Then, just in case the normal stresses of the season were not enough, I decided to sit for a French level certification exam, the DELF B2, on December 5th, which definitely does NOT qualify as jollity. I prepped several hours a day for eight weeks or so and suffered way more angst than a completely optional exam, having no bearing whatsoever on my future prospects in any arena, should have been allowed to cause me. Oh well. It may have provided much-needed focus for my attention and it did give my French a bit of a turbo boost. In fact, I’ve been spending so much time thinking in French, I just spelled “season” as saison, without even noticing until the red squiggly line protested that saison was not English. I don’t know yet if I passed, but I’m optimistic. On verra (We’ll see).
In a bit of excellent timing, the day before the exam, I learned that a poem I had written for my second Lighthouse Writers Workshop has been included in a new community anthology they’re publishing called All the Lives We Ever Lived. An advance copy was being held for me (in Denver, of course), so after the exam, to distract myself from rehashing all the errors I already realized I had committed on the exam (not to mention those that would occur to me later), I went over and picked up my copy. They will eventually be available in stores like Tattered Cover (April, I think). How cool is that? To see my work in print, even on such a small scale (a page and a half out of 200 or so). Still. Feeling rather jolly about it!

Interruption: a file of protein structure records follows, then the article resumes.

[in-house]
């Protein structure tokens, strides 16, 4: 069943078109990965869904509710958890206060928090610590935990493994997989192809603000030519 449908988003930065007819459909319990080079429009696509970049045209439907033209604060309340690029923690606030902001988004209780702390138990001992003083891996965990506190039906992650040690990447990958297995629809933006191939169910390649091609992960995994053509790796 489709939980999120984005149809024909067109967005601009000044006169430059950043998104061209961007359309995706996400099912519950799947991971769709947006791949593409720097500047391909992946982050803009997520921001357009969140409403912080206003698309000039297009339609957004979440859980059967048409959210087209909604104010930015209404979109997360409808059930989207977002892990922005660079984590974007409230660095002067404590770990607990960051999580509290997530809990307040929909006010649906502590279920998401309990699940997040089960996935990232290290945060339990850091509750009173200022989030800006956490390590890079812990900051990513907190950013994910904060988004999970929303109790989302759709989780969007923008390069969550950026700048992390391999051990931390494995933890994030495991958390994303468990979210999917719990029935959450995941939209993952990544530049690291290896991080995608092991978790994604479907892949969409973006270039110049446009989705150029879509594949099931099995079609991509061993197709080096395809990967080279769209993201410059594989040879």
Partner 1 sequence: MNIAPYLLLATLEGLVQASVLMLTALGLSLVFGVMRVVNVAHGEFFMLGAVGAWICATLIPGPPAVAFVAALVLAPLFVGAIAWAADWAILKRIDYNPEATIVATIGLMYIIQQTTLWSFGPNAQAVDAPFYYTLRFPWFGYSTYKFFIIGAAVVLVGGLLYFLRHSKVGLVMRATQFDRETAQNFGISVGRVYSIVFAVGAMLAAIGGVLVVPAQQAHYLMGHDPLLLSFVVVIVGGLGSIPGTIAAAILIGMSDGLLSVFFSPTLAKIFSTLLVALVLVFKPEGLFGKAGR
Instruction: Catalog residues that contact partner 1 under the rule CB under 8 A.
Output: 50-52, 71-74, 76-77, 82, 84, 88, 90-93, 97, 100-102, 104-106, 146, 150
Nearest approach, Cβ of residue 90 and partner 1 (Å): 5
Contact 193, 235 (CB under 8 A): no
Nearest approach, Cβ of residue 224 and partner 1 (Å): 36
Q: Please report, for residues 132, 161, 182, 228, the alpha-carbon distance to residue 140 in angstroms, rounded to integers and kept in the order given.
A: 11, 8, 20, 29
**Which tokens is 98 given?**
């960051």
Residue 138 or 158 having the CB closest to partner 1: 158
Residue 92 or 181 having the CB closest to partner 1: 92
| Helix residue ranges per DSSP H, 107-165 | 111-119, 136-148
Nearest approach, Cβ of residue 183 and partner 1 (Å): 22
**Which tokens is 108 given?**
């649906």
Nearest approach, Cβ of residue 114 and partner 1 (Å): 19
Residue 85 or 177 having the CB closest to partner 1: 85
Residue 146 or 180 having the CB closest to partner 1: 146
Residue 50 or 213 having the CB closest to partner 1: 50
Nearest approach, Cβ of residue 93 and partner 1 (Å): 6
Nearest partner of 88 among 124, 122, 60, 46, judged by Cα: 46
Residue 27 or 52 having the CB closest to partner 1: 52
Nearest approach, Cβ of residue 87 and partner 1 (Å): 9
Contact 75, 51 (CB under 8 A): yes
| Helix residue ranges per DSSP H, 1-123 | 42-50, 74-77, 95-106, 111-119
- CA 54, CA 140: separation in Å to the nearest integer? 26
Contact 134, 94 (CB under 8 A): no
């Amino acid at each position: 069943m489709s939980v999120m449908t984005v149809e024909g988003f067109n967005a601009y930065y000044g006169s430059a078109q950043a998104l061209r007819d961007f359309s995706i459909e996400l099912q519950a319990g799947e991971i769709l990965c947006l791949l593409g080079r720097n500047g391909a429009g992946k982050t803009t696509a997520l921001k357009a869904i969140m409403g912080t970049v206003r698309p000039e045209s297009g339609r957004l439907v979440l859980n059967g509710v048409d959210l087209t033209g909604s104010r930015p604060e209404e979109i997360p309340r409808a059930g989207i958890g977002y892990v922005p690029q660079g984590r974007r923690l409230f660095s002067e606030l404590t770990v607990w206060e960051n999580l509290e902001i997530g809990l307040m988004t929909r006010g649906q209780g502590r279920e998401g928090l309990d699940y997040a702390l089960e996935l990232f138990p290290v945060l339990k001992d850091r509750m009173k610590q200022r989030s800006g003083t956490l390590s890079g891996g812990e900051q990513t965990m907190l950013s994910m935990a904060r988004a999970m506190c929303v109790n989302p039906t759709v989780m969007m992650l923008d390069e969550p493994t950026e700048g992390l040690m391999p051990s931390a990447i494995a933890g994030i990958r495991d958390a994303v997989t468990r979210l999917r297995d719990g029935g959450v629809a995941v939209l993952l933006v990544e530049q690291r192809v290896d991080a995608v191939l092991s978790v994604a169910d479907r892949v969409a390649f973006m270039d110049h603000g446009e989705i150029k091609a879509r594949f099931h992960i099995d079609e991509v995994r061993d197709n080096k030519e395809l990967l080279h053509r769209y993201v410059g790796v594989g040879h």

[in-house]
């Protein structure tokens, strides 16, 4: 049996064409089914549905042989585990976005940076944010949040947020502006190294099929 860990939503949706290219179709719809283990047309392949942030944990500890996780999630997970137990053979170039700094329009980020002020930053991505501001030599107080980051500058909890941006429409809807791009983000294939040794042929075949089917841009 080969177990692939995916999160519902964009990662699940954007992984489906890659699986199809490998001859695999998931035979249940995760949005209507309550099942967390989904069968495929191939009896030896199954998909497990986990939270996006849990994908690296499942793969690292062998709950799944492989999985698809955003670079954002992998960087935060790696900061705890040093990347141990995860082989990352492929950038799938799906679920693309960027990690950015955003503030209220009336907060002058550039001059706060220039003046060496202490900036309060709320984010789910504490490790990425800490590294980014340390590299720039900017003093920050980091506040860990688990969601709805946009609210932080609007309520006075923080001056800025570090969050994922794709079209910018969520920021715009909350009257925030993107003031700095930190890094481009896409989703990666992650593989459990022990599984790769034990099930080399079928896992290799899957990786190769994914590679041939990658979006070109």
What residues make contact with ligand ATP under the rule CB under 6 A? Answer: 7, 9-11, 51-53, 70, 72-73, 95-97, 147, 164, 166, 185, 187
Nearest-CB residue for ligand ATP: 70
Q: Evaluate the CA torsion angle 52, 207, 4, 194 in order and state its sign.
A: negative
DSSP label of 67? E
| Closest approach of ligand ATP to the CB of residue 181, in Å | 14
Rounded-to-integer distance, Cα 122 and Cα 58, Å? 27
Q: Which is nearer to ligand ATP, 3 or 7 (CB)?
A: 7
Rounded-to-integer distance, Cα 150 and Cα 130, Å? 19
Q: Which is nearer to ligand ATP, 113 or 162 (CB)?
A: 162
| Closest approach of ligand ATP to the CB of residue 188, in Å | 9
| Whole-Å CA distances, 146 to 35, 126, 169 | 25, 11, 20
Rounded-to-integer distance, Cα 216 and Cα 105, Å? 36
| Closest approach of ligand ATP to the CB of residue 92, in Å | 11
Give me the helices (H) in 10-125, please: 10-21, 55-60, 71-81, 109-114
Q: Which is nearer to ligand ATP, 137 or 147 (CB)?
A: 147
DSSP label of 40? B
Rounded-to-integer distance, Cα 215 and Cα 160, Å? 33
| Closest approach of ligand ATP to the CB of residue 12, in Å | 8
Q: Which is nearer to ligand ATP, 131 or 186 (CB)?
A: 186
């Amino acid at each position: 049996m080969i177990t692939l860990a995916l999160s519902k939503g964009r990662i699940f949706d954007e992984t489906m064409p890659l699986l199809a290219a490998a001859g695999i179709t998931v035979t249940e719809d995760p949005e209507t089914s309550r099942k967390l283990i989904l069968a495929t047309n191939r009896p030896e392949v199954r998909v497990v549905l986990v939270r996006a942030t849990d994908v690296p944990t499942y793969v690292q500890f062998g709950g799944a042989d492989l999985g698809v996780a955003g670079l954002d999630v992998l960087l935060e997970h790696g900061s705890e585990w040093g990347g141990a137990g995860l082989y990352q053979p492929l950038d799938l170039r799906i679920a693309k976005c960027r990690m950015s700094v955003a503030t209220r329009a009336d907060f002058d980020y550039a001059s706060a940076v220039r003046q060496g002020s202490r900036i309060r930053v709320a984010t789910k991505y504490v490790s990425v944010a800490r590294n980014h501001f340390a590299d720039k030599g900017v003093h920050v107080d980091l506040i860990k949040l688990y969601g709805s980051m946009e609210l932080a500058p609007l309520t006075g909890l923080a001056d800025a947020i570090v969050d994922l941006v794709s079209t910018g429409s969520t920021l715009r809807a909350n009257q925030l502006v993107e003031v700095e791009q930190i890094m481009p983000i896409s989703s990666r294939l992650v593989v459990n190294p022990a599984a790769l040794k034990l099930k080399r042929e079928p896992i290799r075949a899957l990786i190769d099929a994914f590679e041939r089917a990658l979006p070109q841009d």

Then taking further advantage of being in Denver, I went to the Denver Art Museum to see the Dior exhibit. Gorgeous! Here’s a tiny peek . . .
Dior Exhibit — Denver Art Museum
Dior Exhibit — Denver Art Museum
Early steps in design — Dior Exhibit — Denver Art Museum
So I’m still pretty busy. I’ve continued my fused glass fun, so that qualifies as jolly, even though my results are never quite what I hope they’ll be. I’m still very much a beginner. Here’s the final version of the first one I made . . .
The busyness, at least the creativity, the push to learn more, the appreciation of beauty, fun with friends and family — all are good things. Even the busyness to a point. But when I slow down long enough to listen to the lyrics of a Christmas carol or watch a Christmas movie or even to stop and think, as David was so fond of doing, I’m finding the tears come pretty easily. This season has been harder than I expected, although I had been warned it likely would be. And of course, the news contributes its share of tragic natural disasters, seemingly inescapable hardships, and increasingly frequent senseless violence. Plus, we’re coming up on the one-year anniversary. By 4:00 p.m. December 27th last year, David’s struggle was over. Mine was beginning a new phase.